Our review of a claim of prosecutorial misconduct on appeal is guided by the standards set forth in Chapman v. California, 386 U.S. 18, 87 S. Ct. 824, 17 L. Ed. 2d 705 (1967), to determine whether constitutional error is harmless error or whether reversible error has resulted from improper evidence or improper argument to the jury. In Chapman, the Supreme Court held that errors at trial, even federal constitutional errors, do not require automatic reversal of a conviction if the error can be classified as harmless. It is incumbent upon the government to demonstrate that such constitutional error, resulting from the admission of highly prejudicial evidence or comment, is harmless beyond a reasonable doubt. Id. at 24, 87 S. Ct. at 828. If there is a reasonable possibility that the evidence or comment complained of might have contributed to the conviction, then such error cannot be harmless beyond a reasonable doubt. See id. at 23-24, 87 S. Ct. at 827-28 (relying on Fahy v. Connecticut, 375 U.S. 85, 84 S. Ct. 229, 11 L. Ed. 2d 171 (1963)); Coury v. Livesay, 868 F.2d 842, 845-46 (6th Cir. 1989) (applying the Chapman harmless error analysis to determine whether the error affected the result).
The result of a harmless error analysis depends on the circumstances of the particular case. Phelps v. Duckworth, 772 F.2d 1410, 1413 (7th Cir.) (en banc), cert. denied, 474 U.S. 1011, 106 S. Ct. 541, 88 L. Ed. 2d 471 (1985); United States v. Shue, 766 F.2d 1122, 1132 (7th Cir. 1985). Determining whether an error is reversible necessitates examination of the entire record. See United States v. Hasting, 461 U.S. 499, 509, 103 S. Ct. 1974, 1980, 76 L. Ed. 2d 96 (1983). Hasting reiterated the Supreme Court's recognition that "given the myriad safeguards provided to assure a fair trial, and taking into account the reality of the human fallibility of the participants, there can be no such thing as an error free, perfect trial, and that the Constitution does not guarantee such a trial." Id. at 508-09, 103 S. Ct. at 1980.
The government urges us to find that the prosecutor's comments were fair comment based upon the evidence and were cured by an admonition from the trial judge.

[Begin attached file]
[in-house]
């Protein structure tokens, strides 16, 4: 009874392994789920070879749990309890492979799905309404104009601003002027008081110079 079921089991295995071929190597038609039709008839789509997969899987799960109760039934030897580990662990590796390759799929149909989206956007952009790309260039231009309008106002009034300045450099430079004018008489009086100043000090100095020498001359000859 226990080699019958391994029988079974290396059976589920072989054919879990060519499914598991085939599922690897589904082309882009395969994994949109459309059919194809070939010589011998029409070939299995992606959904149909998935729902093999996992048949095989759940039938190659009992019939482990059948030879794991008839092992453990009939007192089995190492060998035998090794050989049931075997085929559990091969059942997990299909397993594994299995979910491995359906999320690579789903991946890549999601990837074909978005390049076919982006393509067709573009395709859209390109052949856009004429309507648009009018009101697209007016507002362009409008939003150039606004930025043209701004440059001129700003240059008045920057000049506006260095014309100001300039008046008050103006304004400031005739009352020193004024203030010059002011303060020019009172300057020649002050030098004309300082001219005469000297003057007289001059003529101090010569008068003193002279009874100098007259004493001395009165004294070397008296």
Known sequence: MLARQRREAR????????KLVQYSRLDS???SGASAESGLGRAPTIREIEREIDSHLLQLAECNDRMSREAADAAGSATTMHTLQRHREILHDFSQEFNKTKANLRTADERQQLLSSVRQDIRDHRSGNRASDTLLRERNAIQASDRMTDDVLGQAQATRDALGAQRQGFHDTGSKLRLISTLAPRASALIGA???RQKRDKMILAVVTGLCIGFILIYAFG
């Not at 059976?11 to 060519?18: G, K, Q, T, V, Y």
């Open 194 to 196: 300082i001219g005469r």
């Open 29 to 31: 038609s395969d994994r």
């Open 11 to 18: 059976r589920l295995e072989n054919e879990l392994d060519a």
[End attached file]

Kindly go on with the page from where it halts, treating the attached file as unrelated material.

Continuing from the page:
Prosecutorial missteps have been held harmless in light of the relative strength of the evidence or because instructions given by the trial court sufficiently diluted or eradicated any resulting prejudice. See United States v. Hawkins, 595 F.2d 751, 754-55 (D.C. Cir. 1978), cert. denied, 441 U.S. 910, 99 S. Ct. 2005, 60 L. Ed. 2d 380 (1979). Regardless of the strength of the case against defendant, the instructions given by the district court were insufficient and came too late to mitigate the negative and highly prejudicial impact of the remarks on the jurors' minds, especially since the remarks were among the final arguments presented to the jurors prior to their deliberations.
When isolated remarks are made in the course of a long trial and the jury is given an appropriate cautionary instruction designed to overcome any prejudice that may have been caused, the error may be harmless. We examine the curative effect, if any, of the cautionary instruction to the jury in the light of the degree and effect of the prejudice. However, an error may be so prejudicial that no cautionary instruction, however swiftly and forcibly given, can safely eradicate its effect. See Pierce v. United States, 86 F.2d 949, 952-53 (6th Cir. 1936).
In Pierce, we articulated the method for testing prejudice where a cautionary instruction has been given to a jury because of improper argument by a prosecutor:
The inquiry ... must always be as to whether in view of the whole record the impression conveyed to the minds of jurors by irrelevant and prejudicial matter is such that the court may fairly say that it has not been successfully eradicated by the rulings of the trial judge, his admonition to counsel, and his instruction to the jurors to disregard it.
Id. at 952. Similarly, in Ippolito v. United States, 108 F.2d 668, 670-71 (6th Cir. 1940), we stated that "appeals to the passion and prejudice of a jury," while constituting error, do not require reversal unless such error affects the substantial rights of parties. Id. at 670. We recognized, as we do here, that a single instance of error may be so destructive of a defendant's right to a fair trial that reversal must follow. Id. at 671.
In United States v. Ashworth, 836 F.2d 260, 267 (6th Cir. 1988), we adopted the Ninth Circuit's analysis in United States v. Flake, 746 F.2d 535 (9th Cir. 1984), cert. denied, 469 U.S. 1225, 105 S. Ct. 1220, 84 L. Ed. 2d 360 (1985). The Flake court framed the question of whether a new trial is warranted as whether improprieties in counsel's argument to the jury were so gross as to probably prejudice the defendant and whether any resulting prejudice was not neutralized by the trial judge's instruction or admonition to the jury. Id. at 542. The court in Flake found that improprieties in the prosecutor's argument to the jury were improper but not gross, and in any case were followed swiftly by the court's admonition and the prosecutor's apology and personal request that the jury heed the court's instructions. Ashworth involved an appeal from the defendants' convictions for conspiracy and arson. The Ashworth court applied the Flake approach to determine whether prejudice resulted from improper prosecutorial comment on a fact not in evidence and whether such comment was cured by an admonition from the court. In argument to the jury, the prosecutor referred to prior statements by two co-defendants to the effect that they denied talking to each other on the night of the fire. On appeal, we concluded that the prosecutor's comment was not so gross as to probably prejudice the defendants and that any slight prejudice resulting from the improper argument was neutralized by the court's cautionary instruction to the jury that the attorneys' arguments were not evidence. Ashworth, 836 F.2d at 267.